Filmed in Ceredigion, this early piece from the British documentary movement is a hymn to hill country – modernist and romantic by turns, and visually very striking. Arthur Elton’s film contrasts two pursuits in a former lead-mining valley stripped of nutrition: traditional sheep herding and new scientific methods for restoring the pasture, developed at Aberystwyth’s Welsh Plant Breeding Station.
The film was released in two versions, Experiment in the Welsh Hills and Shadow on the Mountains. Arthur Elton, a core member of the documentary movement started by John Grierson at the Empire Marketing Board, remembered embarking on this, his first directorial project, without really knowing how films should be made. That makes his assured eye for dramatic compositions of the mountainous landscape, and of props and people framed against it, all the more remarkable. Reflecting the twin focus of his subject, there is a certain duality to Elton’s style: keenly referencing the modernist leanings of Soviet films that were such a big influence on Grierson’s school of British documentary filmmaking but also (like some of the Soviets) borrowing the genre imagery of the Hollywood western (not to mention the British tradition of romantic landscape painting).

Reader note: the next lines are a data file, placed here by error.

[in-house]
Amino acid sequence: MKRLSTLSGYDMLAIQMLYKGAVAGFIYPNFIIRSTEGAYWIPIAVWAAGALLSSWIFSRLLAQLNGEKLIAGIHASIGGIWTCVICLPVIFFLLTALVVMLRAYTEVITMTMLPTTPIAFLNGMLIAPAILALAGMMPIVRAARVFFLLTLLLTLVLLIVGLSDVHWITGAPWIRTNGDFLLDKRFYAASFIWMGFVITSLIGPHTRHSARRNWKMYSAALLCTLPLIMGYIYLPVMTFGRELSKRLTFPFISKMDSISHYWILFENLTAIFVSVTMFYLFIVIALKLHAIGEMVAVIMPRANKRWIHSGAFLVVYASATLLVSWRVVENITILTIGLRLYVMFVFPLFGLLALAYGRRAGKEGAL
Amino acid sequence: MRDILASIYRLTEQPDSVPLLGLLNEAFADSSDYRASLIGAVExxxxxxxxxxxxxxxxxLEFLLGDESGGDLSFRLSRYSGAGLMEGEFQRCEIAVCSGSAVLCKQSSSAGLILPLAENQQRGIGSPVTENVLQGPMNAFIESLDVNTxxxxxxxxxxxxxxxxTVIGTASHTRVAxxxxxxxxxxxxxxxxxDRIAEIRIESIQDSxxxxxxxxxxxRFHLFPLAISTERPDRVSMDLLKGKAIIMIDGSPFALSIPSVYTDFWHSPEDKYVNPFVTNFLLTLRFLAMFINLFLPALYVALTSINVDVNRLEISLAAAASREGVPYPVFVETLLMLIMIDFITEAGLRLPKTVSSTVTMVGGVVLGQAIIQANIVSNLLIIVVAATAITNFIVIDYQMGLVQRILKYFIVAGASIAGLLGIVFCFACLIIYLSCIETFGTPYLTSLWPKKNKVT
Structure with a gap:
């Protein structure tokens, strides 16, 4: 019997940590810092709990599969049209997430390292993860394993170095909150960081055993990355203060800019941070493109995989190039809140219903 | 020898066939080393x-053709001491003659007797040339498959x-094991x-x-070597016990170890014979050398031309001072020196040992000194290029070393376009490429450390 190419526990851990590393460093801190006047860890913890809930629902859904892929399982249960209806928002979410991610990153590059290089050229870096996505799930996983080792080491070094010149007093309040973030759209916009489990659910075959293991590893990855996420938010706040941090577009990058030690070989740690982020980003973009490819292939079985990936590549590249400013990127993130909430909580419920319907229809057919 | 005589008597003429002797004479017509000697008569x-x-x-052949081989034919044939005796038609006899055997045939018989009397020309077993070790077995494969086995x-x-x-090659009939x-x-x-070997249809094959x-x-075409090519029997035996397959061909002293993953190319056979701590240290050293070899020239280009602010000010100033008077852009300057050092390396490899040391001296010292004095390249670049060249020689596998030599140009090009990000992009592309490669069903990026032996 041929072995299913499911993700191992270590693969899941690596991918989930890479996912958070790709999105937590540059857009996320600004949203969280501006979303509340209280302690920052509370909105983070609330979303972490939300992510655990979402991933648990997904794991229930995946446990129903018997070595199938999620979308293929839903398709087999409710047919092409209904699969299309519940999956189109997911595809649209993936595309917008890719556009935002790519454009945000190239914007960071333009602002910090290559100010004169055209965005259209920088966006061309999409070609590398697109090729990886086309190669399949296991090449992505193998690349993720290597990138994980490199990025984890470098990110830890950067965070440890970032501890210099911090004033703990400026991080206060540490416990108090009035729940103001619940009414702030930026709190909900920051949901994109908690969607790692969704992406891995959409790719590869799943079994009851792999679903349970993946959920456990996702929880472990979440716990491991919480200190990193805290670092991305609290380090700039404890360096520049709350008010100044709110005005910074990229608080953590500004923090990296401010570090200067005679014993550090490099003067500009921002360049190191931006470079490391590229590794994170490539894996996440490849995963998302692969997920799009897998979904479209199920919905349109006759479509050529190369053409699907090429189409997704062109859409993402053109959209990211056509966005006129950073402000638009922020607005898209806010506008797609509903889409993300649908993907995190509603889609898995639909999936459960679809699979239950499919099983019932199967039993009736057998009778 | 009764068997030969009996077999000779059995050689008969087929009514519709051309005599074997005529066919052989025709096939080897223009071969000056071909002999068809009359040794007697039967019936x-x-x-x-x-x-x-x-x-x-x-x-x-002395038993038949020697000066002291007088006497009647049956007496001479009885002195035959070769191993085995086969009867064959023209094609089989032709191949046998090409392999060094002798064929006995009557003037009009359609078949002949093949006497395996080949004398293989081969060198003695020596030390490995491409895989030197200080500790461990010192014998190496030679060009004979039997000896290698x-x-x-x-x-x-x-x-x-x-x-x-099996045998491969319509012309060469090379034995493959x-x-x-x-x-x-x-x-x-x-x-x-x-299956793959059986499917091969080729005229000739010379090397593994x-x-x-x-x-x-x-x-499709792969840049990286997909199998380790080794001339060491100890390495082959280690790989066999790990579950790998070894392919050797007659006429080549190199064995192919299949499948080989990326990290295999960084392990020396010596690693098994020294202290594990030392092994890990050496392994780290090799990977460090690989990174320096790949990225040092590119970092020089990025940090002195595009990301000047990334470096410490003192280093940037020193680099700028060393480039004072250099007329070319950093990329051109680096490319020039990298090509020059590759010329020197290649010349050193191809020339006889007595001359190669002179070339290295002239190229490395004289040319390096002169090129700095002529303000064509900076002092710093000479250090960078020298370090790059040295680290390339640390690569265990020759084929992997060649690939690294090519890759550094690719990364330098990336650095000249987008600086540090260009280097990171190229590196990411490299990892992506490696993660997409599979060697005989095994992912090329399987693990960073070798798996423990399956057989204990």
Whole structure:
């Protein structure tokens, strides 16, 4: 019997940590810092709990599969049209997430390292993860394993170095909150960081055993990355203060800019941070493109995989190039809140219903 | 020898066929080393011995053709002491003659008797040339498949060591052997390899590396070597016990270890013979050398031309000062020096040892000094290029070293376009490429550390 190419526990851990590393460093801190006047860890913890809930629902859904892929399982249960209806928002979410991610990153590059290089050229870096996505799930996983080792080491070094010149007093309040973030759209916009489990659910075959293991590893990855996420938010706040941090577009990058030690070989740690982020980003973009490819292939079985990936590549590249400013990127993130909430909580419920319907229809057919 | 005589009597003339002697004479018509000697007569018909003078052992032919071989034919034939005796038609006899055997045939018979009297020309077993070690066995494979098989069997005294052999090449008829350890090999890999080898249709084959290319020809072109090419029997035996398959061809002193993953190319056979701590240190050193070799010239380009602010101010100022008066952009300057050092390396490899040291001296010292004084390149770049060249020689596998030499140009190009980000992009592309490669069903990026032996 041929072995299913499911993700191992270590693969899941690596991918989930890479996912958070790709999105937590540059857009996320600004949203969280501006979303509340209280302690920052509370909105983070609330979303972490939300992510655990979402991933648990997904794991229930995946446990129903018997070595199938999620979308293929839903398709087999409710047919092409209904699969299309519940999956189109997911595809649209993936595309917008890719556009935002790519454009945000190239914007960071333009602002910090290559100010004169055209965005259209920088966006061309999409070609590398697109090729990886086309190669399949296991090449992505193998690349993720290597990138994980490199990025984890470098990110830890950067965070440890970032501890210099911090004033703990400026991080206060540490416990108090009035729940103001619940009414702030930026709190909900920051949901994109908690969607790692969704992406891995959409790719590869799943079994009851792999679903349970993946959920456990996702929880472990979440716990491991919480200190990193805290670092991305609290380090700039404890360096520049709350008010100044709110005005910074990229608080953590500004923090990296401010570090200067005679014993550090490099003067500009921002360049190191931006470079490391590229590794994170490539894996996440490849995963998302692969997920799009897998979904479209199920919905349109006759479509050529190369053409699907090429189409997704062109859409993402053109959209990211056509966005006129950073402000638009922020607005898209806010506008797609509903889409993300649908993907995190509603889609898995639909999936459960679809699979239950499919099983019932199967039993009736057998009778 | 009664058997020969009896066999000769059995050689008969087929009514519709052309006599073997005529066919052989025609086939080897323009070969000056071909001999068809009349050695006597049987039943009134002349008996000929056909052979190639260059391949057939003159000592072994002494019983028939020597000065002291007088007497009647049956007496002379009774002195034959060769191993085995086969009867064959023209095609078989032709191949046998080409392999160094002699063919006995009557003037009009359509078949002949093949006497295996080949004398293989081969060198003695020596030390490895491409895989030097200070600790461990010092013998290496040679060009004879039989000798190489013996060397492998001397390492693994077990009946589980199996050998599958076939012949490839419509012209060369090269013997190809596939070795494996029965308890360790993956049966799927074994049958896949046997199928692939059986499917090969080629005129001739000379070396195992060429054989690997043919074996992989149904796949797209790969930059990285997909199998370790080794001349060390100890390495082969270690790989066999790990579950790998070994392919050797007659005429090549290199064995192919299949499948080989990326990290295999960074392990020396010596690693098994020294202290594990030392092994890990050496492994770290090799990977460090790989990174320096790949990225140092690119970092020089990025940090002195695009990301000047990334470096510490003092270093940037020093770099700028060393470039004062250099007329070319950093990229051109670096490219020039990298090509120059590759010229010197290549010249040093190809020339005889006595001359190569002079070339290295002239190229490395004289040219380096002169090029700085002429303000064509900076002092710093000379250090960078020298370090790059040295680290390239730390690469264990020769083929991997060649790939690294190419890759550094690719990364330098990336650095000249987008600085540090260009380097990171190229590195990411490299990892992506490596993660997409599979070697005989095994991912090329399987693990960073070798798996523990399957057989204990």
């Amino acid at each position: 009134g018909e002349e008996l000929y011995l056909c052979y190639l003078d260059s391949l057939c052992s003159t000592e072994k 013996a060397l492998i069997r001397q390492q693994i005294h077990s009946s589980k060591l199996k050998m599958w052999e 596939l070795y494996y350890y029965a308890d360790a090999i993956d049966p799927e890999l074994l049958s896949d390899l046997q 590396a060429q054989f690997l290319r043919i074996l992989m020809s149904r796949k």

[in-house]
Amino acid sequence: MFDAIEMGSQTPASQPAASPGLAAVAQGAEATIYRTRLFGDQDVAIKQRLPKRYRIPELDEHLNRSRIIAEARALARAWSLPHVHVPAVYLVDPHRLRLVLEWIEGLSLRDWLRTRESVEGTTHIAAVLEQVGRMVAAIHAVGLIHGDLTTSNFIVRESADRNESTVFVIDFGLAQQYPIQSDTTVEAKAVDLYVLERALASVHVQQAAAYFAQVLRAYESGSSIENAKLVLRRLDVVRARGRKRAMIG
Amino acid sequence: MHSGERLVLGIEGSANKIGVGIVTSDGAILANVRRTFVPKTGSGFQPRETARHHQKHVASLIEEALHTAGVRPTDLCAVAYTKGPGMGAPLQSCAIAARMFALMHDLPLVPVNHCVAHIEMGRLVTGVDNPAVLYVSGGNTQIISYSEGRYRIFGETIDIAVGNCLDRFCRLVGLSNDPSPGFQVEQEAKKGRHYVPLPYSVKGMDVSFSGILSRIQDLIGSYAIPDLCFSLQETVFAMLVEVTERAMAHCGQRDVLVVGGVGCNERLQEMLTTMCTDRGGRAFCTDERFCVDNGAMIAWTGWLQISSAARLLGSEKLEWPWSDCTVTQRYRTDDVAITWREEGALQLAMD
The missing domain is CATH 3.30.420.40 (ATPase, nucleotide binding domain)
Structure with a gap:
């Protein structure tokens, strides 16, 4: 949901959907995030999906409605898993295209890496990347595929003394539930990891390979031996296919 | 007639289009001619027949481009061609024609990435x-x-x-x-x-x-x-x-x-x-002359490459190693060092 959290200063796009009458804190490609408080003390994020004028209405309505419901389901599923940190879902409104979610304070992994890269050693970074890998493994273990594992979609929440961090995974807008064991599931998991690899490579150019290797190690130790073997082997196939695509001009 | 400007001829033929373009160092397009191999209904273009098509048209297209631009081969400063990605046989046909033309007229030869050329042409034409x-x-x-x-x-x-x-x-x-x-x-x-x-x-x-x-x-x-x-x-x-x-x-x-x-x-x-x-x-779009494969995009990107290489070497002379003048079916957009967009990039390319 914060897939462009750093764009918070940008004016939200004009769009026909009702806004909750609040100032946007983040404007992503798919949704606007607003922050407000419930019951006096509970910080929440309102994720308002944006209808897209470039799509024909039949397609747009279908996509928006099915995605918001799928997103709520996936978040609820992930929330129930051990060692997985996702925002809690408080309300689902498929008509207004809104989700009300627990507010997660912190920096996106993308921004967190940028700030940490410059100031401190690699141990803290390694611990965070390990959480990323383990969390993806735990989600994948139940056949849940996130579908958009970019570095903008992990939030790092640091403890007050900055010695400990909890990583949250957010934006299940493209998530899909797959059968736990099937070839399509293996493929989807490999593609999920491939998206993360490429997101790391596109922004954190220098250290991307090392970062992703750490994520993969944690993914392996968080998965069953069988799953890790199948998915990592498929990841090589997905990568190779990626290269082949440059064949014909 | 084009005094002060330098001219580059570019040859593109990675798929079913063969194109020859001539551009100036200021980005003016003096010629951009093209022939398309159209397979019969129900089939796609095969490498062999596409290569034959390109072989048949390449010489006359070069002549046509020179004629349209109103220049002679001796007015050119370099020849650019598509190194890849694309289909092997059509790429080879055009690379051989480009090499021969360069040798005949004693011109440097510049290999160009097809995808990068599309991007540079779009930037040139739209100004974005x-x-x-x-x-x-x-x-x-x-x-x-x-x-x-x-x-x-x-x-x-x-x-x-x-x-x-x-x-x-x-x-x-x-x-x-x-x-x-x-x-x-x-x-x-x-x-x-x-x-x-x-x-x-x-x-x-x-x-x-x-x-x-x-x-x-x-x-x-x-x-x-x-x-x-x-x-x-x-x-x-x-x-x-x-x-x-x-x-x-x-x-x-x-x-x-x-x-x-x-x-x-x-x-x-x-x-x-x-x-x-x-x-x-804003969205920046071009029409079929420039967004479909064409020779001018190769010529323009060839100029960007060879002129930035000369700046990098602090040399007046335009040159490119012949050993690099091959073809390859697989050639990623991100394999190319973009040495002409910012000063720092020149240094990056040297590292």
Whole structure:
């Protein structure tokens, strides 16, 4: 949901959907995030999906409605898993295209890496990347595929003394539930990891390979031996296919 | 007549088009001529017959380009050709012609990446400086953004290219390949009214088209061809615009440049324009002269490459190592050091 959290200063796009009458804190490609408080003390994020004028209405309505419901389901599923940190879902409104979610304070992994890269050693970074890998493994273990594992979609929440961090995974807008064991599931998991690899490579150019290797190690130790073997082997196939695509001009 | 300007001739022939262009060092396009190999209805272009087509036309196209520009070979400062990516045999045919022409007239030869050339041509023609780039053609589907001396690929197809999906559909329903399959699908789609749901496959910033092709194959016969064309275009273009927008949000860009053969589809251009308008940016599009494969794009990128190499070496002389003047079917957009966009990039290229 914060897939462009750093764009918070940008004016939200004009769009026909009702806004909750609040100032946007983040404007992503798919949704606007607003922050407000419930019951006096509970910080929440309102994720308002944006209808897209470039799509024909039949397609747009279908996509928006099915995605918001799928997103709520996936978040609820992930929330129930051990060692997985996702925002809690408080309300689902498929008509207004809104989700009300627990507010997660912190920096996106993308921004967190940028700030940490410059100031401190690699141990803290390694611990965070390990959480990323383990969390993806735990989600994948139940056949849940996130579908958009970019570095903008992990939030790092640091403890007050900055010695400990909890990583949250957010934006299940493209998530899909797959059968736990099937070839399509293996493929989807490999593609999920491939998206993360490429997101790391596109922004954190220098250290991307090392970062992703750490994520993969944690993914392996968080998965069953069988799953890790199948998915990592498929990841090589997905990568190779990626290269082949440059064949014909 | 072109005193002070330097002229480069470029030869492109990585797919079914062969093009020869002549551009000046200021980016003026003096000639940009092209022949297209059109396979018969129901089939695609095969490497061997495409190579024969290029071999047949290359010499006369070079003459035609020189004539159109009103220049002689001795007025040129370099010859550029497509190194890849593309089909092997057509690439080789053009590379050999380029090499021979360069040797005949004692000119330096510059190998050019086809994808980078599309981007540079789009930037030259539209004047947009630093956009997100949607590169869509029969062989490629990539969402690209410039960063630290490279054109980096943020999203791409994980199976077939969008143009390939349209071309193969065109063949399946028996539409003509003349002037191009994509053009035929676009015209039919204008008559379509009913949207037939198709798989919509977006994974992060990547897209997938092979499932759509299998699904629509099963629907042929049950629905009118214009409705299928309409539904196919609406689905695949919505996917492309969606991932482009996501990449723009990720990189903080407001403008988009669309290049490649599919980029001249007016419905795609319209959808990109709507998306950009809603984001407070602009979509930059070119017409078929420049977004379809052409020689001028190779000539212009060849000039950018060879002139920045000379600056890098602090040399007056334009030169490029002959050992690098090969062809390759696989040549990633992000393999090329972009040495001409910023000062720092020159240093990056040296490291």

Viewers today might find it intriguing to compare the film’s style to a notable modern-day American documentary about sheep farming, Lucien Castaing-Taylor’s Sweetgrass.
Shadows on the Mountains is also available on the BFI DVD Soviet Influence: From Turksib to Night Mail.
This government film is a public record, preserved and presented by the BFI National Archive on behalf of The National Archives, home to more than 1,000 years of British history.